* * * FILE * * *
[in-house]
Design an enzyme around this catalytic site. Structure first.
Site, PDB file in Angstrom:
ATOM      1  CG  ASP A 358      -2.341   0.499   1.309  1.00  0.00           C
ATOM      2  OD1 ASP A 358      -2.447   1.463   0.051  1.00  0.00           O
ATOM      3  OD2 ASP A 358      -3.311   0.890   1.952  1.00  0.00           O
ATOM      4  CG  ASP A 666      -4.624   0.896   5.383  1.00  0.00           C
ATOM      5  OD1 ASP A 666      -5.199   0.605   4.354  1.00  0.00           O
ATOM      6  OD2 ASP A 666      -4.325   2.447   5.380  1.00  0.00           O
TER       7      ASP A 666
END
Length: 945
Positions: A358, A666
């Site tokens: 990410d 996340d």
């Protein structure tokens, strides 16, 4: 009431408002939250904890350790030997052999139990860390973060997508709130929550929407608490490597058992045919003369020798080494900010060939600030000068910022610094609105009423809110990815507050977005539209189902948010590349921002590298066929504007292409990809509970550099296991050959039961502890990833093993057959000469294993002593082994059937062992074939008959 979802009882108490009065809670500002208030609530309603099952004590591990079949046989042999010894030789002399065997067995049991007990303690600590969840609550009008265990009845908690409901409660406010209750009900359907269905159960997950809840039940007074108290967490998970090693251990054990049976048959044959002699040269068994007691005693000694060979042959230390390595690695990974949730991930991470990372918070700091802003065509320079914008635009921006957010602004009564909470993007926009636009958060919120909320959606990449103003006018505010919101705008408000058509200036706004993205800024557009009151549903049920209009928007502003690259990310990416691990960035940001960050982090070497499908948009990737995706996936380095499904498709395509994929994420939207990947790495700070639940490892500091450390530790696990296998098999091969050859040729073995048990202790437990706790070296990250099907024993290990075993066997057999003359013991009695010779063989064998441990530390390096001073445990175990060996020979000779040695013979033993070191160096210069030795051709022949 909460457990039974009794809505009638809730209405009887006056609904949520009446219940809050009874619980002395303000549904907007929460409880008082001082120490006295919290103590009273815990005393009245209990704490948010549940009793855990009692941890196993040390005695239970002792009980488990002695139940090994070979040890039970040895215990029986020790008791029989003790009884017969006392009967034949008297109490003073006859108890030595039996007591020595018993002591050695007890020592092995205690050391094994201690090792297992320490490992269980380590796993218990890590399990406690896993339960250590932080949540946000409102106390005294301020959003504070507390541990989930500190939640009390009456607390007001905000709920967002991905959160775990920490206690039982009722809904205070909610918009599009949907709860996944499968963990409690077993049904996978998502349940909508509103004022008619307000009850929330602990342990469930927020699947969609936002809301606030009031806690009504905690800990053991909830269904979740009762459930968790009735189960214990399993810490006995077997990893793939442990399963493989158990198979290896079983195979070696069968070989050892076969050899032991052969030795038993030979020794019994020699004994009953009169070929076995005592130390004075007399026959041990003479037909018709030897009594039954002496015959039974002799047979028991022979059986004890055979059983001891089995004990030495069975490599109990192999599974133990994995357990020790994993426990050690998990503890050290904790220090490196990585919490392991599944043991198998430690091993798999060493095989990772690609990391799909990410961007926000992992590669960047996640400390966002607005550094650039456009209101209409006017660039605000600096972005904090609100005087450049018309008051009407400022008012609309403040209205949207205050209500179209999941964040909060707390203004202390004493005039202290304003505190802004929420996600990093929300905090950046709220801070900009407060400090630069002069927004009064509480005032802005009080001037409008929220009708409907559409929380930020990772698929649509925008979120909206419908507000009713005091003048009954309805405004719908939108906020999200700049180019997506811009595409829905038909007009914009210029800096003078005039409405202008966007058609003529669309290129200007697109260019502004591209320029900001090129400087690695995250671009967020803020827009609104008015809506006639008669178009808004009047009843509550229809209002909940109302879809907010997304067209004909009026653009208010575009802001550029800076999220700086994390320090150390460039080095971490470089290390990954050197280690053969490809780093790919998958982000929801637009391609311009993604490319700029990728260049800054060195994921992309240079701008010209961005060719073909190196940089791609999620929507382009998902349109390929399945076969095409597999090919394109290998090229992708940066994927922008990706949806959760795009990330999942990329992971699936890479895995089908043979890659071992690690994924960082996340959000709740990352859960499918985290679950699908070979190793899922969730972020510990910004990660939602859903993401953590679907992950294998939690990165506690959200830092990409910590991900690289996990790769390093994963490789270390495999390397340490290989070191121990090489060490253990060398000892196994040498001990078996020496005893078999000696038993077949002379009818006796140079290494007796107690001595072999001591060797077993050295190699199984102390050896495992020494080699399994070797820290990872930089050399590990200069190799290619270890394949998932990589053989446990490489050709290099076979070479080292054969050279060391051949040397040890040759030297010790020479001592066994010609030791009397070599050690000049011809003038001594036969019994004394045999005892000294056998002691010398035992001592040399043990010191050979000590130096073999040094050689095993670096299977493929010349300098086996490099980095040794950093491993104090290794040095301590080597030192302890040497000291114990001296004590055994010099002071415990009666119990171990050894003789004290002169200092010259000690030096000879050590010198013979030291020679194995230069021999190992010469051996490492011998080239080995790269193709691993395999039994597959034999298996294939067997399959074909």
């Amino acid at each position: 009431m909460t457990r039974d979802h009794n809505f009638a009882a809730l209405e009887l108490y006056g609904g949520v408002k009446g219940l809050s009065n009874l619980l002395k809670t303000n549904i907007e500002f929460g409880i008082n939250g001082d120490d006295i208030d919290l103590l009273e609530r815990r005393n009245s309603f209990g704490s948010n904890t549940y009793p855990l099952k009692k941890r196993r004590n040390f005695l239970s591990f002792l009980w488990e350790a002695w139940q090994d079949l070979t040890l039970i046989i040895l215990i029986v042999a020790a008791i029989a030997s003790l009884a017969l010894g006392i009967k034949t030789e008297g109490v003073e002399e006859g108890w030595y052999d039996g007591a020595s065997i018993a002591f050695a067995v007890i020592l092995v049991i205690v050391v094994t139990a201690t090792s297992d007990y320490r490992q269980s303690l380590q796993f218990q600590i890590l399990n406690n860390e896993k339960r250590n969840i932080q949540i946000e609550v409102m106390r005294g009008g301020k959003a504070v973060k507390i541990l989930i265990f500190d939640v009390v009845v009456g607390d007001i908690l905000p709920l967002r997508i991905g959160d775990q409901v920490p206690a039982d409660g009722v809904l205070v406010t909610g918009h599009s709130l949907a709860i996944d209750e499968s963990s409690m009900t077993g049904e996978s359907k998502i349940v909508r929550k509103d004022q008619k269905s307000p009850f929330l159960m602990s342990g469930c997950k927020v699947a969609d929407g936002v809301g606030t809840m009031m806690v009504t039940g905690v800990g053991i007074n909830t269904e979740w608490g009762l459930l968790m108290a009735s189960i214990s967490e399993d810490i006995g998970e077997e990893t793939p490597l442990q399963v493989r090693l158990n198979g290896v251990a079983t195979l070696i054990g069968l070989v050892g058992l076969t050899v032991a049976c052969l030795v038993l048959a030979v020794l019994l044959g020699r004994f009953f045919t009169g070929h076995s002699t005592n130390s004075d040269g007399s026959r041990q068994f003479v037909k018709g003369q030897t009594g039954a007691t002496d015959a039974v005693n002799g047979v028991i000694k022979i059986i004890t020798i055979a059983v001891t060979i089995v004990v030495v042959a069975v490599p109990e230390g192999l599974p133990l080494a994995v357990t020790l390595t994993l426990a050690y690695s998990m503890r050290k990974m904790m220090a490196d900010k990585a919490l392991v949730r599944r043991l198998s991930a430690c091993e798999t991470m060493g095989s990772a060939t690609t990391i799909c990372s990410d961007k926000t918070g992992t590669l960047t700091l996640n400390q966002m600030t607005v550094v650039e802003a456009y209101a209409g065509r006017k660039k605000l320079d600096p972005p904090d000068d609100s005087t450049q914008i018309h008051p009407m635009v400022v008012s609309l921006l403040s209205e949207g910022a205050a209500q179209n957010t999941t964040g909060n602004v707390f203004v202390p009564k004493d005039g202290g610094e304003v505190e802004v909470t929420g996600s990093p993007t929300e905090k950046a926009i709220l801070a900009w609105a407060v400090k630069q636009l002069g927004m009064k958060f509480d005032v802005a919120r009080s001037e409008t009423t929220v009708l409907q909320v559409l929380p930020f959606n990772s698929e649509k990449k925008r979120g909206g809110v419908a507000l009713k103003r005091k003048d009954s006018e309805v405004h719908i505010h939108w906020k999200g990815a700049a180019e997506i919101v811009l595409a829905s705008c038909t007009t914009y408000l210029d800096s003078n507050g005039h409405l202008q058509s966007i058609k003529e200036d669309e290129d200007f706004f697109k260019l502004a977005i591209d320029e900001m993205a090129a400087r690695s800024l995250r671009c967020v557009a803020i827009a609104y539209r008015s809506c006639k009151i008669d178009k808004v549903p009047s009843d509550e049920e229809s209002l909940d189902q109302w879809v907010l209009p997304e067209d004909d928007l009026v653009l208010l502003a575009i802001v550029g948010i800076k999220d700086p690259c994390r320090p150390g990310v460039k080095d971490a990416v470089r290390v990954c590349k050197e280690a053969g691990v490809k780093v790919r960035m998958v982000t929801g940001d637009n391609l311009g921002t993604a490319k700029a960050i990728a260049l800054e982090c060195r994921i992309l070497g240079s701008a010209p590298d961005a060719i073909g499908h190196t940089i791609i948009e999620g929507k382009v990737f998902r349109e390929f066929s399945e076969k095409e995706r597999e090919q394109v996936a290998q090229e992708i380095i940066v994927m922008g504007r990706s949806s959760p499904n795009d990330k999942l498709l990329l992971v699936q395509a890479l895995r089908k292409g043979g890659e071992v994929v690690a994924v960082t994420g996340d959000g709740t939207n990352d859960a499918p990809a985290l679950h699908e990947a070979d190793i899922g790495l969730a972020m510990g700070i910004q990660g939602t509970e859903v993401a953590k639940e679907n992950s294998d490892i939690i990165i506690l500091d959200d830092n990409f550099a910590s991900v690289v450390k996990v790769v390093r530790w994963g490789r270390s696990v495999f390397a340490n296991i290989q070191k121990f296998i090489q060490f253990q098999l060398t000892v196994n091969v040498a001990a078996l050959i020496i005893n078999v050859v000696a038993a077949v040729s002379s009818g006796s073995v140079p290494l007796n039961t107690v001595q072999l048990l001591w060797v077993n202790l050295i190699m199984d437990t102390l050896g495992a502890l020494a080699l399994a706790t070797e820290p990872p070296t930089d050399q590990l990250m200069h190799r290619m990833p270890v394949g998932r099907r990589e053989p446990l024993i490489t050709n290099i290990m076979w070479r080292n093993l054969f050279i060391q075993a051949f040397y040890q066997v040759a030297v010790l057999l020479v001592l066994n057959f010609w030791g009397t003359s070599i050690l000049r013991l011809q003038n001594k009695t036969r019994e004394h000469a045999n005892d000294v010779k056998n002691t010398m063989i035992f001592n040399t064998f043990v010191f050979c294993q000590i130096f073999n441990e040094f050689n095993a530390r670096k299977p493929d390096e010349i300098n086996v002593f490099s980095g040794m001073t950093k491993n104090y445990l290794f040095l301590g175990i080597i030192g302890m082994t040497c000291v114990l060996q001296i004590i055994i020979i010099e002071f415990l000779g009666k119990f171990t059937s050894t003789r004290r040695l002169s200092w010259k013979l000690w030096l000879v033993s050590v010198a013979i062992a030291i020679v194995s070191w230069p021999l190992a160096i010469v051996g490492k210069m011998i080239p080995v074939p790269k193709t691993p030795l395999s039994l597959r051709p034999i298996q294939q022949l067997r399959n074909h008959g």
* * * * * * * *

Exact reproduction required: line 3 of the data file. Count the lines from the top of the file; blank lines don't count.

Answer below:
Site, PDB file in Angstrom: